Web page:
Texas is big and brawny in every way, a state brimming with natural assets.
Whether visiting rugged mountains, sandy beaches, wild canyons, or the piney woods, the “Lone Star State” pleases travelers in a million wonderful ways.
Our Texas RV Travel Bucket List continues.
Balmorhea State Park
Balmorhea State Park is located on less than 50 acres in the foothills of the Davis Mountains. For thousands of years SanSolomon Springs has provided a cool, wet respite for anyone who happened by this desert oasis.
The pool as it now stands was built in the mid-1930s by the Civilian Conservation Corps (CCC) and holds more than 3,500,000 gallons of clear spring water with a constant temperature of 72 to 76 degrees. The pool covers 1.75 acres and reaches depths of 25 feet, making it a mecca for desert-bound scuba divers. The huge pool is fed by the springs at a rate of up to 28 million gallons daily.
At historic San Solomon Springs, facilities include a motel, RV camping sites, rest rooms with hot showers, shaded picnic areas, and a playground.
For those inclined to recline, however, there are countless spots along the pool’s edge where you can plant a chair or a blanket and set up camp for the day. It is hard to imagine in the middle of this hot, desert land that such an oasis isn’t a mirage, but just one toe dipped in the cool waters will convince you to linger a while longer.
Lost Maples State Natural Area
Lost Maples State Natural Area is a combination of steep, rugged limestone canyons; springs; plateau grasslands; wooded slopes; and clear streams.
This natural area features a large, isolated stand of uncommon Uvalde bigtooth maple, which dons an amazing display of fall colors. Generally, the foliage changes the last two weeks of October through the first two weeks of November.
However, the park is a great year-round destination.
Visitors to Lost Maples State Natural Area enjoy Hiking, backpacking, birdwatching, swimming, picnicking, and fishing. The park has plenty of marked trails, and rugged terrain that provides excellent views of the natural beauty of the area, especially the maples.
Just like the gift exchange at work, fruitcakes are a part of the holiday season whether you like them or not. But how far would you travel for a fruitcake if it was one of the most famous Christmas cakes in the world? Would you travel over 2,950 miles? We did!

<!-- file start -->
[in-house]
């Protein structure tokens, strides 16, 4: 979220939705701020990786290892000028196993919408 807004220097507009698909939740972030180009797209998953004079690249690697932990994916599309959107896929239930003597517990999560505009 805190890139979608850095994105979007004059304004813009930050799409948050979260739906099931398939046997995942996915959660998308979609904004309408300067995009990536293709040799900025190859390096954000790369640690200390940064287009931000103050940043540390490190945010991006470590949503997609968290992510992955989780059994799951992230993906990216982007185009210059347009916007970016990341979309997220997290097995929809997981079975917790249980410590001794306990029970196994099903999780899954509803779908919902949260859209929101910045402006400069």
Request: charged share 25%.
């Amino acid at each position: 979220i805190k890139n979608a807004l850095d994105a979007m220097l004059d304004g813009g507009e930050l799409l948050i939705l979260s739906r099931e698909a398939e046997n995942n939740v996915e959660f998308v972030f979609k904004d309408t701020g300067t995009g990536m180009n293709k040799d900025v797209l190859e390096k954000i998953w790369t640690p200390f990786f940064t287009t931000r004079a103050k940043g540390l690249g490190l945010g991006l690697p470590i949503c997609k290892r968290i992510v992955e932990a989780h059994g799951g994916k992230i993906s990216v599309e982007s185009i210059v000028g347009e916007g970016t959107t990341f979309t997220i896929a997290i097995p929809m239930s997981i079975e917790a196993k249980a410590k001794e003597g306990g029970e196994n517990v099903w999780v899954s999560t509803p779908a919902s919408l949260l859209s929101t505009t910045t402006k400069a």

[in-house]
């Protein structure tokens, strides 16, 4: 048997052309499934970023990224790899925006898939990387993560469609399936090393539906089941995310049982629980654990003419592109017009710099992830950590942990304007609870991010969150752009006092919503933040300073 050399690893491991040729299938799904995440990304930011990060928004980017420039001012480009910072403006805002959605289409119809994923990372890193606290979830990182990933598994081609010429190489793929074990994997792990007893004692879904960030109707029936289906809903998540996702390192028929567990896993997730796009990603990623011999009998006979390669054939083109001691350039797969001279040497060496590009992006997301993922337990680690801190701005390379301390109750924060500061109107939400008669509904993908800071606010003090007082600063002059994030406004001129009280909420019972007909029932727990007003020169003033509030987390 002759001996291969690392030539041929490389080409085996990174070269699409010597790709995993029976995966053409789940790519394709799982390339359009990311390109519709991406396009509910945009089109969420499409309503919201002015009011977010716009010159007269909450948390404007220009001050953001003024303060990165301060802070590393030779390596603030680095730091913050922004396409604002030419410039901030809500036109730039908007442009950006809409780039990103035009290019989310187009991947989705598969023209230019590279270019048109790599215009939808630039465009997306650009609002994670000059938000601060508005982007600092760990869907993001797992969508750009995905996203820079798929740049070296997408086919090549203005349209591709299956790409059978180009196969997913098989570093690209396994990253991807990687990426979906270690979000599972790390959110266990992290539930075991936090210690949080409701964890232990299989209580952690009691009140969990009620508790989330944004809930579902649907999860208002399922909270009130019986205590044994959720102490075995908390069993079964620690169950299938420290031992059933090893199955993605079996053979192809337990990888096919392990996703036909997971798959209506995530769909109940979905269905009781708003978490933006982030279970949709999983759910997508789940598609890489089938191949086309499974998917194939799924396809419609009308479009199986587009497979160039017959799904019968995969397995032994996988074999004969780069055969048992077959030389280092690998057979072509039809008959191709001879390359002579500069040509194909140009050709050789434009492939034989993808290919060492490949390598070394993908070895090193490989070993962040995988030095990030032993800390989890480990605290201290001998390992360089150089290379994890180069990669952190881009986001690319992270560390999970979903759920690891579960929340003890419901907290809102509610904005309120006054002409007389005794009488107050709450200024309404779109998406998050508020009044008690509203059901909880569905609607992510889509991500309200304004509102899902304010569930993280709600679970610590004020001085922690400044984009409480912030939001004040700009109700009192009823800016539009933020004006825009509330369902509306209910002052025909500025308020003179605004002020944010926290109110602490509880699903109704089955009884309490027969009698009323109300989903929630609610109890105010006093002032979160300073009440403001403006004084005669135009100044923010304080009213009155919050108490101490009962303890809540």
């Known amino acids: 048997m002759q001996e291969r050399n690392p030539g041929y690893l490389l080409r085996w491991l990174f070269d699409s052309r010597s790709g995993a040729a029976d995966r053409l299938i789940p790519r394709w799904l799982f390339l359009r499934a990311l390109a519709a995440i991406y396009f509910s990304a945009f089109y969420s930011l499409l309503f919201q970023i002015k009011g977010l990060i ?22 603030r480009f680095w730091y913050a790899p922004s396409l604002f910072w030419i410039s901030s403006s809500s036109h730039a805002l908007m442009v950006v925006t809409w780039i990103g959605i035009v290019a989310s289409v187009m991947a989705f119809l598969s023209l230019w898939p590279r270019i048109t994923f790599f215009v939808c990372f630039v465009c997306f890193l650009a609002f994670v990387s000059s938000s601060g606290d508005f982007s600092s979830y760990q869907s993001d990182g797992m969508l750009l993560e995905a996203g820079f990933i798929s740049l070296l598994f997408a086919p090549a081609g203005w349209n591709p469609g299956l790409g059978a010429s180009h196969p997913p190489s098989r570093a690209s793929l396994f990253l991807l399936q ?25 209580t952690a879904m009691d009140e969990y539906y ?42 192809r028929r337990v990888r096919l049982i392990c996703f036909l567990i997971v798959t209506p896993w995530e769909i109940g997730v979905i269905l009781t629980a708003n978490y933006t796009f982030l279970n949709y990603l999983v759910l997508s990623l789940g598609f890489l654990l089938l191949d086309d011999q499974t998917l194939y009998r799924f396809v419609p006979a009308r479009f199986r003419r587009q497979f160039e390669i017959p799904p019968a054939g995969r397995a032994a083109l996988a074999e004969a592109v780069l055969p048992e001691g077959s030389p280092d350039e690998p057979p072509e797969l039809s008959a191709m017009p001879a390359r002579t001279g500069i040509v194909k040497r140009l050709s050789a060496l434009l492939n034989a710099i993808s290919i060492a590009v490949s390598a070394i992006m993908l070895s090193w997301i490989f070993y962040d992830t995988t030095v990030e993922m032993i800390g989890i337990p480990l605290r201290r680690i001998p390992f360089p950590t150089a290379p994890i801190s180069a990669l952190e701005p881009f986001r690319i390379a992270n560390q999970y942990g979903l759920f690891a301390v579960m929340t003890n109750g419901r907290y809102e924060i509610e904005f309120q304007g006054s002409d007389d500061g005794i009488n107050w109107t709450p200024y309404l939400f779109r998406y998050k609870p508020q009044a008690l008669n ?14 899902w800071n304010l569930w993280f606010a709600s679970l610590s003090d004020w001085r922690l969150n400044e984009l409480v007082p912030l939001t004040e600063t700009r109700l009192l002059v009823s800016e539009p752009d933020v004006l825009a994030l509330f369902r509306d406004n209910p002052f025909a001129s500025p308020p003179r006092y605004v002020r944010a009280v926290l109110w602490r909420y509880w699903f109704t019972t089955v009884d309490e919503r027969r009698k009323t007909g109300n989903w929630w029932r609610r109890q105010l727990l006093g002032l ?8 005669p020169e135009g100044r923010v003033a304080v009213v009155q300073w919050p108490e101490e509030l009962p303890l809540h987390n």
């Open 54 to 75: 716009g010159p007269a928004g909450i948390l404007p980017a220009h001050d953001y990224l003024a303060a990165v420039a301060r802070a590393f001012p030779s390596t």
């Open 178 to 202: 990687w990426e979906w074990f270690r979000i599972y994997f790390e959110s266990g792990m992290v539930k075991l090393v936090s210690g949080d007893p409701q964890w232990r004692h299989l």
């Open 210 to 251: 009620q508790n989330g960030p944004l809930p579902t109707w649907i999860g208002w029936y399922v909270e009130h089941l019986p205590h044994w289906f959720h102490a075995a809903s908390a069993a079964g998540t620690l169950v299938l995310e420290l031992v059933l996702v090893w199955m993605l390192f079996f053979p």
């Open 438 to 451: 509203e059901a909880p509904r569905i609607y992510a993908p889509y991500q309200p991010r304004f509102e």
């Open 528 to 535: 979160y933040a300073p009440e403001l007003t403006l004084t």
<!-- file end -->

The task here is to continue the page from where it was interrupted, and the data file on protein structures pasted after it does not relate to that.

This company, one of America’s foremost mail-order food companies, ships over a million of their DeLuxe Fruitcakes around the world each year. Set aside your preconceived notions about fruitcake. This confection is incredible.
Each cake is 80 percent fruit and nuts with no artificial ingredients. To ensure they have the most luscious fruit and best pecans, the company owns an organic pineapple and papaya farm in Costa Rica and the world’s largest pecan sheller in Corsicana. Cherries are bought from Oregon and Washington, and the golden raisins come from California.
The 100,000-square-foot bakery on Seventh Avenue (formerly on Collin Street, where the business originated and got its name), operates quietly for nine months of the year, producing a variety of cookies, cakes, pies, and the occasional fruitcake. But from October through mid-December, the batter flies and the staff swells from 100 regular employees to 700 to produce over 30,000 fruitcakes (75,000 pounds) a day.
Don’t worry if fruitcake isn’t your thing. Collin Street Bakery makes plenty of other items that have attracted a devoted following. There’s a deep dish pecan pie, chocolate fudge pecan pie, white chocolate macadamia cheesecake, White House pumpkin cake, apricot pecan cake, and pecan coffee Bundt cake.
The Collin Street Bakery, which has been selling its famous DeLuxe fruitcakes since 1896 from a downtown store, now has three locations. A branch store and cafe, opened in late 2006, occupy a gleaming white Southern-plantation-style building in the new Corsicana Crossing shopping area beside Interstate 45 about 55 miles south of Dallas.
Several years ago Collin Street Bakery opened a third location on Interstate 35 just north of Waco (exit 338A) and another is on the way in Tyler. It was the Waco location that we visited.
Texas Spoken Friendly
Please Note: This is part 5 of an on-going series on our Texas Bucket List
I love Texas because Texas is future-oriented, because Texans think anything is possible. Texans think big.